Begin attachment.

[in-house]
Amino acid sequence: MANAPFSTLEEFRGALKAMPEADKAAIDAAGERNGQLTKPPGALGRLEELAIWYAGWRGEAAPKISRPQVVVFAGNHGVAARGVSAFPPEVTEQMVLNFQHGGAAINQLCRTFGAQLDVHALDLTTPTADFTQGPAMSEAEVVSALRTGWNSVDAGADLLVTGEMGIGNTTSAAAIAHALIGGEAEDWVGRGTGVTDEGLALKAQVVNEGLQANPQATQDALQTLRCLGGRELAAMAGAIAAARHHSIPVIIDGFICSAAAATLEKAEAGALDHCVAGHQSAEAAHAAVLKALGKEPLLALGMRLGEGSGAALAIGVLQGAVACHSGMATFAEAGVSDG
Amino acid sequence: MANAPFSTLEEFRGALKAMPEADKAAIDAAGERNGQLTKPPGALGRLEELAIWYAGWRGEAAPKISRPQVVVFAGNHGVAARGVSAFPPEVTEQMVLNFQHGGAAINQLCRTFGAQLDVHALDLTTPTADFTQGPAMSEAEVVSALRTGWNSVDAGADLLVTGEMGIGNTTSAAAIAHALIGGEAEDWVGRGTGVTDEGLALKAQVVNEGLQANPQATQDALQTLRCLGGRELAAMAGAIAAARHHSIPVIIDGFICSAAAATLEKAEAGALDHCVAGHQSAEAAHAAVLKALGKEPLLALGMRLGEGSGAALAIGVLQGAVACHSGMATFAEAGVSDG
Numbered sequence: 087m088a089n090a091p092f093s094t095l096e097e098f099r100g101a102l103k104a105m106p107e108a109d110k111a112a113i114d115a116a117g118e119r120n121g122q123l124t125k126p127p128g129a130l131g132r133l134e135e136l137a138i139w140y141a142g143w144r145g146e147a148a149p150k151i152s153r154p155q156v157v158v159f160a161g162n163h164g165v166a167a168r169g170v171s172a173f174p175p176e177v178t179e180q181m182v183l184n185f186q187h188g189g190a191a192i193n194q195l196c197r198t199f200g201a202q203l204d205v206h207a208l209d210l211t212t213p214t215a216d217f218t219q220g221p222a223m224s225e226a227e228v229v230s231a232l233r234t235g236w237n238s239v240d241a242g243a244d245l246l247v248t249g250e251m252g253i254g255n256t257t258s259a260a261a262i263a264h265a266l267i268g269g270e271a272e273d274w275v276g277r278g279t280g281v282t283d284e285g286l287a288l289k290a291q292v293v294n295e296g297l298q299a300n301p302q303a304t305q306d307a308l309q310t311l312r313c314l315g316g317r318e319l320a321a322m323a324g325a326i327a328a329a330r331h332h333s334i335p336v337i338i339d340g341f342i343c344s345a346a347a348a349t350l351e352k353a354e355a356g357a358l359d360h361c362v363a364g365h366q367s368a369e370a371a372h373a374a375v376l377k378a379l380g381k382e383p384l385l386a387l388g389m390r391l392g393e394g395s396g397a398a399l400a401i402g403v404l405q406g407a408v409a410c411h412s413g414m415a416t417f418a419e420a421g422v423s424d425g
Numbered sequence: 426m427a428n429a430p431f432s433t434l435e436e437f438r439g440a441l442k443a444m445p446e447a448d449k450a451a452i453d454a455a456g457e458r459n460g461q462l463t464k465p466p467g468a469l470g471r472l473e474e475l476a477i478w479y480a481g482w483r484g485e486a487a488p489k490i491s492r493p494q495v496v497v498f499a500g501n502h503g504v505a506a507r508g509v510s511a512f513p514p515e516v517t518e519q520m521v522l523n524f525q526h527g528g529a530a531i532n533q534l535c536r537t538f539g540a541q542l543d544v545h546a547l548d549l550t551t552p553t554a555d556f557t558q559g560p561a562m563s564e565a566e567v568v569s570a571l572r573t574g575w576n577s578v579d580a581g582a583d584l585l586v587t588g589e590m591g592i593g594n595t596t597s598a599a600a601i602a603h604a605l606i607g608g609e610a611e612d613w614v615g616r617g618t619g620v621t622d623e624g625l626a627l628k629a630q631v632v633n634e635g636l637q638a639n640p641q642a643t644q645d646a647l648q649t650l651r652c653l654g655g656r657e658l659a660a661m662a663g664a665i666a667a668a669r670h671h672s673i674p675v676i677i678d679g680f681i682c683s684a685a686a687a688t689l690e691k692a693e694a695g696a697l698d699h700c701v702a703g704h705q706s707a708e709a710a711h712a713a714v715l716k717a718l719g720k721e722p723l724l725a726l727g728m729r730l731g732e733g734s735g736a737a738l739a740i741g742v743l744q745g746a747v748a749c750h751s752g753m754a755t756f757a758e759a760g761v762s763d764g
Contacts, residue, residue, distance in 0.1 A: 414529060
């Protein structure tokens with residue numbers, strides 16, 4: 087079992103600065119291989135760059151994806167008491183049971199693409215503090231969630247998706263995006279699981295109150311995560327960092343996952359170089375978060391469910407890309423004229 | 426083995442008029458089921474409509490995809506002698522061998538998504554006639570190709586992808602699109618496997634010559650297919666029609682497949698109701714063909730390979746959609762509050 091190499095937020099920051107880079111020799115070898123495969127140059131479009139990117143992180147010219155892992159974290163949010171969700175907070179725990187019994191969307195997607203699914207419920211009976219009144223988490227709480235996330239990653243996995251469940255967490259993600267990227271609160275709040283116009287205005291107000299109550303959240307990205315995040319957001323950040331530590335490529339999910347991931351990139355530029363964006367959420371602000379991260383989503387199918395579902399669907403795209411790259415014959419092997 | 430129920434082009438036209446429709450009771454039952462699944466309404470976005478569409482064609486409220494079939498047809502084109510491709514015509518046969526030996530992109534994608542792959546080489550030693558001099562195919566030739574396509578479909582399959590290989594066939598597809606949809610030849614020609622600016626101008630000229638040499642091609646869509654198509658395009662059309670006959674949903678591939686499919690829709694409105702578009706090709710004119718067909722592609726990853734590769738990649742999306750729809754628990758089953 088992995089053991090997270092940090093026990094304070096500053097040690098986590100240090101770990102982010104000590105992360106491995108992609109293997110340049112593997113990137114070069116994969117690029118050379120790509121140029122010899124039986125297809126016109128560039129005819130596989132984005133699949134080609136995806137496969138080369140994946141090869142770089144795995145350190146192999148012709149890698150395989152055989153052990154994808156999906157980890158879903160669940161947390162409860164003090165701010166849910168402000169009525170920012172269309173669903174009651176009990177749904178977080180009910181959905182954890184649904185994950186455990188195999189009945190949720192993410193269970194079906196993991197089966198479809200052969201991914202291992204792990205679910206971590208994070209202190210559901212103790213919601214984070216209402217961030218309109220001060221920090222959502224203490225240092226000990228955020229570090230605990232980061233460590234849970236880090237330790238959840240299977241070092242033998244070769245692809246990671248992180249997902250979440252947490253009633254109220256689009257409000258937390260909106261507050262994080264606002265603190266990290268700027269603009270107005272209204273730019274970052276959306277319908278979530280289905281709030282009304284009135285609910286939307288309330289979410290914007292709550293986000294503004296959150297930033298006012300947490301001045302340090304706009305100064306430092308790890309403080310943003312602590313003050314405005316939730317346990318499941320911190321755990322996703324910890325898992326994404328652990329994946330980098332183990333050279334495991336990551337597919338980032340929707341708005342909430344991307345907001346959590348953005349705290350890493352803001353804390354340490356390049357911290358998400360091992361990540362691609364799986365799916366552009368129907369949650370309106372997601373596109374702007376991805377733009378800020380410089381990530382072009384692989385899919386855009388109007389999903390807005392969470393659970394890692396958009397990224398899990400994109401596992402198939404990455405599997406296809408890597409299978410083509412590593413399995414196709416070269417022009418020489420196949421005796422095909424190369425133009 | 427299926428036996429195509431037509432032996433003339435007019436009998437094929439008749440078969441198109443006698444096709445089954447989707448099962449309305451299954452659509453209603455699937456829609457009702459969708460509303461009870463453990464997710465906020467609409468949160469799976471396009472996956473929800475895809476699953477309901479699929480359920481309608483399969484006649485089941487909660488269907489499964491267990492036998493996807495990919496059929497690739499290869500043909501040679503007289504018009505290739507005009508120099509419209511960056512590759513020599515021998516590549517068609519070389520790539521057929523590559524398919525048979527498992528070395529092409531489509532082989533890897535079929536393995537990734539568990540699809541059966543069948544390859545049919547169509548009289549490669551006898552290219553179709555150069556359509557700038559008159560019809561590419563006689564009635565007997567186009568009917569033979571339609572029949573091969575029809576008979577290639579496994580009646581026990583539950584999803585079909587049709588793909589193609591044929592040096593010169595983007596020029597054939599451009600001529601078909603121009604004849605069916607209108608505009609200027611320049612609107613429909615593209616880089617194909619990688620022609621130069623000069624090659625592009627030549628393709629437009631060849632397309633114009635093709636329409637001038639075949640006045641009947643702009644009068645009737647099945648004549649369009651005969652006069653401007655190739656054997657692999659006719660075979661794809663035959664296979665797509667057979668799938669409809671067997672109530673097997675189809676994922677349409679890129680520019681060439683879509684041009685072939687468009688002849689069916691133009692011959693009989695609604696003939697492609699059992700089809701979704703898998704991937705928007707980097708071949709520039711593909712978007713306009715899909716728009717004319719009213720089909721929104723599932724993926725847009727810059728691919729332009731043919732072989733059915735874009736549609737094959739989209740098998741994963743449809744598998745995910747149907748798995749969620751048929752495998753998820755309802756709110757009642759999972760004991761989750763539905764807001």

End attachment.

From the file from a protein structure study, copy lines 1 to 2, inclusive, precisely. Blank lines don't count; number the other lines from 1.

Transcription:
[in-house]
Amino acid sequence: MANAPFSTLEEFRGALKAMPEADKAAIDAAGERNGQLTKPPGALGRLEELAIWYAGWRGEAAPKISRPQVVVFAGNHGVAARGVSAFPPEVTEQMVLNFQHGGAAINQLCRTFGAQLDVHALDLTTPTADFTQGPAMSEAEVVSALRTGWNSVDAGADLLVTGEMGIGNTTSAAAIAHALIGGEAEDWVGRGTGVTDEGLALKAQVVNEGLQANPQATQDALQTLRCLGGRELAAMAGAIAAARHHSIPVIIDGFICSAAAATLEKAEAGALDHCVAGHQSAEAAHAAVLKALGKEPLLALGMRLGEGSGAALAIGVLQGAVACHSGMATFAEAGVSDG